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Digital Leaders March 3, 2016

Filed under: Uncategorized — mrsthomas2 @ 9:08 pm

I originally introduced Digital Leaders in Kings Monkton Primary School in 2012 and we haven’t looked back. They help and support other teachers and children with IT/technology in so many different ways. They are children who range from Year 2 – Year 6 and meet on Monday lunchtimes in the primary computer suite, although you may well see them in this room throughout most lunchtimes.

I first saw Digital Leaders in action at a Teachmeet in Clevedon where @ICTEvangelist, Mark Anderson had them working and helping in the evening as well as presenting. I thought it was a brilliant idea and wondered if you could do this with Primary children.  

At Bett, I then heard @SheliBB, Sheli Blackburn talk with enthusiasm and about her Digital Leaders in a Primary school and it became a goal for me to do the same. I found out more through Twitter and the Digital Leader Network, which gave ideas, tips and advice.

In order to be chosen initially, the children needed to apply and show why they think they would be a good Digital Leader in a presentation of their choice. They could make a video, use Powerpoint, Minecraft, Scratch, Google presentations or do something else they feel would be innovative!

Now, the Digital Leaders themselves help choose each new intake and we have a great mix of children with different interests. This knowledge is then shared amongst the other digital leaders with the children training each other and becoming supportive experts to all. An applicant who shows potential and enthusiasm but isn’t yet up to the standard required can become an e-cadet and and can come along to meetings and is encouraged to learn more.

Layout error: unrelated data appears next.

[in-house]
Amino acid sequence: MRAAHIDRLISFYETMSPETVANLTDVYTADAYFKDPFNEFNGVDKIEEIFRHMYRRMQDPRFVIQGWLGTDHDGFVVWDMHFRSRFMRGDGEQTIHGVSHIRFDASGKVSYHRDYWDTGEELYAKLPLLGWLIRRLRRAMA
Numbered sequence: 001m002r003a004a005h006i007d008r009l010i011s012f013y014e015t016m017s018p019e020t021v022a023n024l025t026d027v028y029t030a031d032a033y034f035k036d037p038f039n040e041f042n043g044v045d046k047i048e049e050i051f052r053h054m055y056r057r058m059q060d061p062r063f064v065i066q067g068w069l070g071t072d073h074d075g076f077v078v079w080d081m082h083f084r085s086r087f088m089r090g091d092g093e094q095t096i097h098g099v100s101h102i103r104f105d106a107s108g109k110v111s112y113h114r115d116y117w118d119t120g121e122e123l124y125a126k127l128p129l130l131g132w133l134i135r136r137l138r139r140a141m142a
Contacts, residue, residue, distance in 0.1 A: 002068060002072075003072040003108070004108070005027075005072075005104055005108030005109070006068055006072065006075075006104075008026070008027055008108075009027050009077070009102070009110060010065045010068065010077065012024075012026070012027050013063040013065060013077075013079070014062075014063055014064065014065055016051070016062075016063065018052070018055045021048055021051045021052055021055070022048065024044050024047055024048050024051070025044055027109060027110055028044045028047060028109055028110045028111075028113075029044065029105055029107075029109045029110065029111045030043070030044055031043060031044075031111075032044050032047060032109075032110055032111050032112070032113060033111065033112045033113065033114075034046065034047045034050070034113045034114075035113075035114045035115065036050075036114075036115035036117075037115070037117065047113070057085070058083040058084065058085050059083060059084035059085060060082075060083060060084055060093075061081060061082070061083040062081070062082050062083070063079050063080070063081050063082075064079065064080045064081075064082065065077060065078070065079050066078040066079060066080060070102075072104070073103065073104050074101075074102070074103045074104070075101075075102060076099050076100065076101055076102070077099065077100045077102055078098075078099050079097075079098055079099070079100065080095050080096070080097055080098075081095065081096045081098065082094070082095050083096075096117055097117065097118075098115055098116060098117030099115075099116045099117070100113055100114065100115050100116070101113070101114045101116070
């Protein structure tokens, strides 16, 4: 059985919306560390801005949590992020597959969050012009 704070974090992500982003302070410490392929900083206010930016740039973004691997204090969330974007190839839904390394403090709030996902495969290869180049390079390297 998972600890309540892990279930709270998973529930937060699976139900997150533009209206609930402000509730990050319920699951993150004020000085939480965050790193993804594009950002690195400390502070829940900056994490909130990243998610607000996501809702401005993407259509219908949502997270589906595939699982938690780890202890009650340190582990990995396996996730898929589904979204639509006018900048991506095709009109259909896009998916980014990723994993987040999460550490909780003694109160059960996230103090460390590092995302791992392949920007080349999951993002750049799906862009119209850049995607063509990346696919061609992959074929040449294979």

Setting up Digital Leaders is easy and costs nothing! There is a Digital Leader chat on Twitter #dlchat, check out @shelliBB @gr8ict @clcsimon @chrismayoh to start and you will find enthusiasm and help for setting up your own Digital Leaders in both primary and secondary schools. There is also the brilliant Digital Leader Network site to join online, where you find help in getting started by providing ideas, application forms and advice.  

The Digital Leaders have several roles,

DL Exploration – testing out new technologies that we could use in school. Our digital leaders have worked with coding and tested out apps for the iPad as well as websites such as Scratch. They have used Purple Mash’s To Code, Scratch, html and Python. They frequently give the class teachers welcome help as the rest of the class begin coding. They are currently exploring MinecraftEdu and thinking about ways to bring this into the classroom and link with other learning.